Charismatic Leadership Style – This leadership style also interests me because we all know someone who fits this profile.  Sometimes this type of leader could be very good, but they could also have risen to their position because of their charisma and not deserved the promotion.

All in all I believe that all of these leaderships have their upsides, but also could have some very negative impacts on their team if not monitored appropriately.



And Here we go…Critical Theory

It feels like it has been a long time since I have last blogged, but here it goes.  When reading about how the education system can be used as an agent of maintaining unjust power structures in society, it honestly worried me quite a bit. Can it really be true? This idea that throughout history education has been used as a powerful tool for promoting unjust inequalities within our society? This question forced me to look into my practices as a teacher and what is going on in our province to hinder or to help these unjust practices.

Education being used as an Agent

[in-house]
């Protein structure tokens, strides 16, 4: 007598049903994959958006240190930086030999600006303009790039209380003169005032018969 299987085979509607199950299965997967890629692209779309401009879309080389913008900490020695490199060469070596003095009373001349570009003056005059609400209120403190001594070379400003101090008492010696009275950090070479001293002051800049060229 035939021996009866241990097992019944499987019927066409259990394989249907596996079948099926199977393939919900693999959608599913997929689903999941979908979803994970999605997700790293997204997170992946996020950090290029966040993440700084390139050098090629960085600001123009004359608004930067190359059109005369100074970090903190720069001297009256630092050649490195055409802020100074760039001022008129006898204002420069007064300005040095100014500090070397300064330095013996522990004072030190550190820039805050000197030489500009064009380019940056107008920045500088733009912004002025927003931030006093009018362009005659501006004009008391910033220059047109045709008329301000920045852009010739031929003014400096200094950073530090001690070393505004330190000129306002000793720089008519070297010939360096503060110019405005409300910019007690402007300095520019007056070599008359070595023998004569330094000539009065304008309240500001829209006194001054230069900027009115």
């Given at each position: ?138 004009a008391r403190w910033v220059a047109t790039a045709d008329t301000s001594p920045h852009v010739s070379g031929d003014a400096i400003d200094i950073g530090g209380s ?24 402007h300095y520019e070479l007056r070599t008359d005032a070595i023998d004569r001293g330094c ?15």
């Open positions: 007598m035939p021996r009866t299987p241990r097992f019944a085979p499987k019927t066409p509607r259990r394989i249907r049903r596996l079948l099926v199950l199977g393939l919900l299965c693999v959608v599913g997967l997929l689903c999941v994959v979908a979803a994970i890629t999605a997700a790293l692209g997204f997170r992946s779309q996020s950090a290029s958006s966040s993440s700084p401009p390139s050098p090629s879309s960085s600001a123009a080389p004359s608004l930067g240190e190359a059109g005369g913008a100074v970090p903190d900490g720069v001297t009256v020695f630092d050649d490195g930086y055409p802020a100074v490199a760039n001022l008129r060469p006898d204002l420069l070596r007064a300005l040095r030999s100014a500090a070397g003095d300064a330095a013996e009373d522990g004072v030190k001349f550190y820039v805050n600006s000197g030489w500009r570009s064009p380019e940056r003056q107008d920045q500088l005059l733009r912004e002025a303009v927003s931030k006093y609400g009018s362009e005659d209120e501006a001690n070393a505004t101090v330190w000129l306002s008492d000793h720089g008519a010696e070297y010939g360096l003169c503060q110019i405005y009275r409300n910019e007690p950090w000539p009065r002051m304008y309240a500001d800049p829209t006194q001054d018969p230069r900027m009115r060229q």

Within their lecture Stephen and Kristen talk about the idea that education’s primary focus is on creating good law abiding citizens, who are rewarded when they show traits of conformity, uncriticality and submission to authority. They state that even teachers with the best intentions are handcuffed by curriculum guide lines and expectations of the job. As every teacher knows this is very apparent in our profession, as stated by many others within our class by the minutes allotted to “core” subjects. The heavy focus on our reading, writing, math and sciences leaves well intentioned  teachers little time to teach other subjects appropriately. Unfortunately this often allows students who have high aptitudes for reading, writing and math an unfair advantage throughout their schooling.  While students who excel in the arts, History and physical education are left disadvantaged and often feeling unsuccessful at school due to the emphasis being that their strengths are not as important. While critically analyzing Stephen and Kristen’s ideas I believe that until more emphasis is spent on other courses the “power” struggle in school will continue. Not every student has the same strengths and I believe it is our job to bring out every students strengths to help them feel successful at school.

equity cartoon